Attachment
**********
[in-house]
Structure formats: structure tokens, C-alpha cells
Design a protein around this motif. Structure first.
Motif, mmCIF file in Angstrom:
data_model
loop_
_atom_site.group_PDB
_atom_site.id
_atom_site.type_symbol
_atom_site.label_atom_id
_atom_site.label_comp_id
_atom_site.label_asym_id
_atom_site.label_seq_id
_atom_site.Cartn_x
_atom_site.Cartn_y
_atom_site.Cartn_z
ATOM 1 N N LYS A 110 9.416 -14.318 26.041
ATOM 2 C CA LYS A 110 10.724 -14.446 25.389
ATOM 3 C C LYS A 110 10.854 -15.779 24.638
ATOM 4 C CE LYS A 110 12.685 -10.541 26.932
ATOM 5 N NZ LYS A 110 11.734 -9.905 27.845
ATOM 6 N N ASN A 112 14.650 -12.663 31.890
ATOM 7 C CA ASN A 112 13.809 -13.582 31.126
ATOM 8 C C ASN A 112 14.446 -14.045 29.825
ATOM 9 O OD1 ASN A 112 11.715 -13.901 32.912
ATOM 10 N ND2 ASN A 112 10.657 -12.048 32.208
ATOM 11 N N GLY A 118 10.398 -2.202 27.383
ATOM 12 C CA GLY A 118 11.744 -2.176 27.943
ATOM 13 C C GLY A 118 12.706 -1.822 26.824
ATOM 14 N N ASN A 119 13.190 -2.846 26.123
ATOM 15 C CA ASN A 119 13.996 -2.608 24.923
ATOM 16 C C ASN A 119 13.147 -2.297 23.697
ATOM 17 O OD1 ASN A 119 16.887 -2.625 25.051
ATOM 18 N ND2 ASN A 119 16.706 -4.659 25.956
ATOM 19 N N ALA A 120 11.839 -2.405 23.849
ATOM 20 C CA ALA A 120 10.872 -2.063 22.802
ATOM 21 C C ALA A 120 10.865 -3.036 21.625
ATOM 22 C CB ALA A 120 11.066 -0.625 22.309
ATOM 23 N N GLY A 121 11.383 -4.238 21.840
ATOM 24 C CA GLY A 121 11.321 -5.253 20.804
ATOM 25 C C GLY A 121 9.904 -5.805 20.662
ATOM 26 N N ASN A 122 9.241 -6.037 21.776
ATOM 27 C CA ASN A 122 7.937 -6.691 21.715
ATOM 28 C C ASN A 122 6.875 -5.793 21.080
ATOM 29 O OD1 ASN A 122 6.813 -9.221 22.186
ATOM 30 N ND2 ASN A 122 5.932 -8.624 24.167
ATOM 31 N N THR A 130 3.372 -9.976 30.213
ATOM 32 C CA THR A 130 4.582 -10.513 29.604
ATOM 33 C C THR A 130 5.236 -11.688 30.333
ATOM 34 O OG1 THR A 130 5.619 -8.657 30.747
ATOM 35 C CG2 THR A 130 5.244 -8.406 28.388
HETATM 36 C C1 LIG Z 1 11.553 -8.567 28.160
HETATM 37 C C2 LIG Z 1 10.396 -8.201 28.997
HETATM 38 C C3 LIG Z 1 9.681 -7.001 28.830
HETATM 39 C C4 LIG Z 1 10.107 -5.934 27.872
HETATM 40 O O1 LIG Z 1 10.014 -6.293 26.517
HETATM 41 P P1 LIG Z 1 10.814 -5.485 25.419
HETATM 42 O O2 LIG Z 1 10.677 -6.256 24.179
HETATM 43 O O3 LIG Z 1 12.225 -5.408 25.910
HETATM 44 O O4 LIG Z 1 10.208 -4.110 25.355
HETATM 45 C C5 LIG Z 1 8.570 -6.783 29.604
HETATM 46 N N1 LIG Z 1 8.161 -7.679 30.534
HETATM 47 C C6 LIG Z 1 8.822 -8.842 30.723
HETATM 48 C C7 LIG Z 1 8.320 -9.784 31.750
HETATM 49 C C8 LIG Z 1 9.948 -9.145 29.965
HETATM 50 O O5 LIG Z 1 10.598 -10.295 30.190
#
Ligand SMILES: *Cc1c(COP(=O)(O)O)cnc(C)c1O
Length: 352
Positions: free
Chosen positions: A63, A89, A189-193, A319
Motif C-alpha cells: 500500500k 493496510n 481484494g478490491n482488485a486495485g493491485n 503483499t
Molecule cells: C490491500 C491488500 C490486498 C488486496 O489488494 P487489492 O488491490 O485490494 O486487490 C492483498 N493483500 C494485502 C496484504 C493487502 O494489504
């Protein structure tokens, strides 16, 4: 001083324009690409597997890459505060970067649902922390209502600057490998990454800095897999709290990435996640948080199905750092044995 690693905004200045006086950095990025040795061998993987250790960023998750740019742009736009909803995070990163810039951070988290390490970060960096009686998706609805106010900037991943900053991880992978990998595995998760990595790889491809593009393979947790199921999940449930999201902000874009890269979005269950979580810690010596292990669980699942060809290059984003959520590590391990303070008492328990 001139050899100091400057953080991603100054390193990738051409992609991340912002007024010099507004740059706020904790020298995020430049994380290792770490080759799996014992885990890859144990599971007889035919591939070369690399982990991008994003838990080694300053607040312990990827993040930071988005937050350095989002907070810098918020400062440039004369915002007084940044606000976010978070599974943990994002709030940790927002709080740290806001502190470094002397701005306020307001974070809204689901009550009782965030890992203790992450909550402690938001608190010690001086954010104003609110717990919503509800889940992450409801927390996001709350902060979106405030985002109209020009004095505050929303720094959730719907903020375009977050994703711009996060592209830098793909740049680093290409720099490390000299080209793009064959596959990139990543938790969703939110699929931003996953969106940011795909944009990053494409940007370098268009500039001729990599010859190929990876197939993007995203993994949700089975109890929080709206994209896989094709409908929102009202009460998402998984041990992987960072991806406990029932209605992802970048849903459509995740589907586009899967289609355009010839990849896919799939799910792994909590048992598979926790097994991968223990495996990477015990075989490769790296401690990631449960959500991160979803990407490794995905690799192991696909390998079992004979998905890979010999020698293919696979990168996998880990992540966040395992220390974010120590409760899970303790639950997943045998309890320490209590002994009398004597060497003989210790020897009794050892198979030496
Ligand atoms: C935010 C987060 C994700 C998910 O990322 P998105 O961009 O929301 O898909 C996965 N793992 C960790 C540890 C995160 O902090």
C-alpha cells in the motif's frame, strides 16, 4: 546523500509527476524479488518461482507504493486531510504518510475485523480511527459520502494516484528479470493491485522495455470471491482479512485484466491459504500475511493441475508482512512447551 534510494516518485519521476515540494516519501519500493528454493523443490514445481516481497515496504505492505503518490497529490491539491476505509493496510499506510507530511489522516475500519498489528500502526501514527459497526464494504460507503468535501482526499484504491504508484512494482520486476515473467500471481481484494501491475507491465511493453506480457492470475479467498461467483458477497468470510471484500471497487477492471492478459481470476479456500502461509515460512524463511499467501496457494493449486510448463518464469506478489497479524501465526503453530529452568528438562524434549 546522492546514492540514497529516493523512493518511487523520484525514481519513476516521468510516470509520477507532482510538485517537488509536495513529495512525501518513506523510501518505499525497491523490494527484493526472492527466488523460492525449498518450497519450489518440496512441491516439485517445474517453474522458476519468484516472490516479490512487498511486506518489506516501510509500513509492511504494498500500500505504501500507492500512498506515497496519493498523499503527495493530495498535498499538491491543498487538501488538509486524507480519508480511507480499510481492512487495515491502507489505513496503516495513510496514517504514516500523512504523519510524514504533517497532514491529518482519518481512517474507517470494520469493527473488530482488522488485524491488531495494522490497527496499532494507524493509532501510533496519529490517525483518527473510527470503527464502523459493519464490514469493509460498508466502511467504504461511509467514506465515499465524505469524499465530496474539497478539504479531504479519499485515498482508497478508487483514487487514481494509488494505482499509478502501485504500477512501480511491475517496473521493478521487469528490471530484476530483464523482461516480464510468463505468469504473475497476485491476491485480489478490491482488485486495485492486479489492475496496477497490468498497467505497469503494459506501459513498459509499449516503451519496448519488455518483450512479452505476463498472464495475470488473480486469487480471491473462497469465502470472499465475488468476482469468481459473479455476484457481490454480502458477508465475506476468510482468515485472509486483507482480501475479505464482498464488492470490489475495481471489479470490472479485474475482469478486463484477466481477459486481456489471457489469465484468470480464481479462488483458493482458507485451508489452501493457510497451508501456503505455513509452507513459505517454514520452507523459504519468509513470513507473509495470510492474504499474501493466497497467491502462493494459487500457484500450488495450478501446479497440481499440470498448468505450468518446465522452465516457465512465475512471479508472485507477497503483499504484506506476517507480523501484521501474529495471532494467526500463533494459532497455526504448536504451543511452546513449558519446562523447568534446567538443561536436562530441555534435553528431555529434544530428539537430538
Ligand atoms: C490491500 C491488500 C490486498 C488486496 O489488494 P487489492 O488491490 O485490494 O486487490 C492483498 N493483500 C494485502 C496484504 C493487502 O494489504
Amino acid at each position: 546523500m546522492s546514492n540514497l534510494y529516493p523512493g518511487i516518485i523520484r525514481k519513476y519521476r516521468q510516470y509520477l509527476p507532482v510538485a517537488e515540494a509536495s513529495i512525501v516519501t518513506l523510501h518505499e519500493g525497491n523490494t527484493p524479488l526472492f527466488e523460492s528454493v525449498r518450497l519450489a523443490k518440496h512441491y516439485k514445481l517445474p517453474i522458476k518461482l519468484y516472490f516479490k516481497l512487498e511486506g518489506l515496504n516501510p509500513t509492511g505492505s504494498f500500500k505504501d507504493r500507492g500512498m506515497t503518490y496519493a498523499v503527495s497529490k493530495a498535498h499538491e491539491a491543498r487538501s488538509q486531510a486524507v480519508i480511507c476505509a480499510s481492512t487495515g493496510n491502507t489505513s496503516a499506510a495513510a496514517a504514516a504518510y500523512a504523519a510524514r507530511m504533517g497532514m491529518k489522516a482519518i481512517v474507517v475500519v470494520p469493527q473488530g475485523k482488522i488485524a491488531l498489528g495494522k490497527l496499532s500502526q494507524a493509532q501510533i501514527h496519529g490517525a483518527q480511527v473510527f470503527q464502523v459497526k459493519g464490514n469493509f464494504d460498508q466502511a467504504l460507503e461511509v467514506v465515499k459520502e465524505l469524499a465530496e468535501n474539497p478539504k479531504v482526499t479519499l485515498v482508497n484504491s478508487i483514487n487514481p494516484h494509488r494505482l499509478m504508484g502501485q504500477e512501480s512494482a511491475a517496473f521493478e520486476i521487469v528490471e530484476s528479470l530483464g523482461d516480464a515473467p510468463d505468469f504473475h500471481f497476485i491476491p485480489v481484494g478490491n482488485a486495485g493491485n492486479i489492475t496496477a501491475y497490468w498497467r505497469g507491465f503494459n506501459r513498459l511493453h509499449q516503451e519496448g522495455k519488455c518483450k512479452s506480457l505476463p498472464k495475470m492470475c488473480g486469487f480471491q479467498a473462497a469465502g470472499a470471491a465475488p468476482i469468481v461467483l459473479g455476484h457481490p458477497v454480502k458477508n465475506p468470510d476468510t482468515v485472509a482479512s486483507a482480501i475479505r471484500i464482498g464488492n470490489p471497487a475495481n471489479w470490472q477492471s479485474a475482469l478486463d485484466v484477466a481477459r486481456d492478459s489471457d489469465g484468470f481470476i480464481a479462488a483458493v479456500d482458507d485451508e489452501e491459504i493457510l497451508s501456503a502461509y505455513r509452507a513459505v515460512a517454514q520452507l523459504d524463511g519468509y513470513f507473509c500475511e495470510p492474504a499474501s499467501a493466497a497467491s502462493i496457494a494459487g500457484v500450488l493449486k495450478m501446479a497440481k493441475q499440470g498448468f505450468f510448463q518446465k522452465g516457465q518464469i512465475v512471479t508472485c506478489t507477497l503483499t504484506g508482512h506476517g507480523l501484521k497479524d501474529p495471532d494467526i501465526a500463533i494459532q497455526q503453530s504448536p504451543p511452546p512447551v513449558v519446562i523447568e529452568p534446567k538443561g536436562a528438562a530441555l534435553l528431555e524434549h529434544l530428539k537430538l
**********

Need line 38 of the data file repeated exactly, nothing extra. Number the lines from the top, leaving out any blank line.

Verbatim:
ATOM 22 C CB ALA A 120 11.066 -0.625 22.309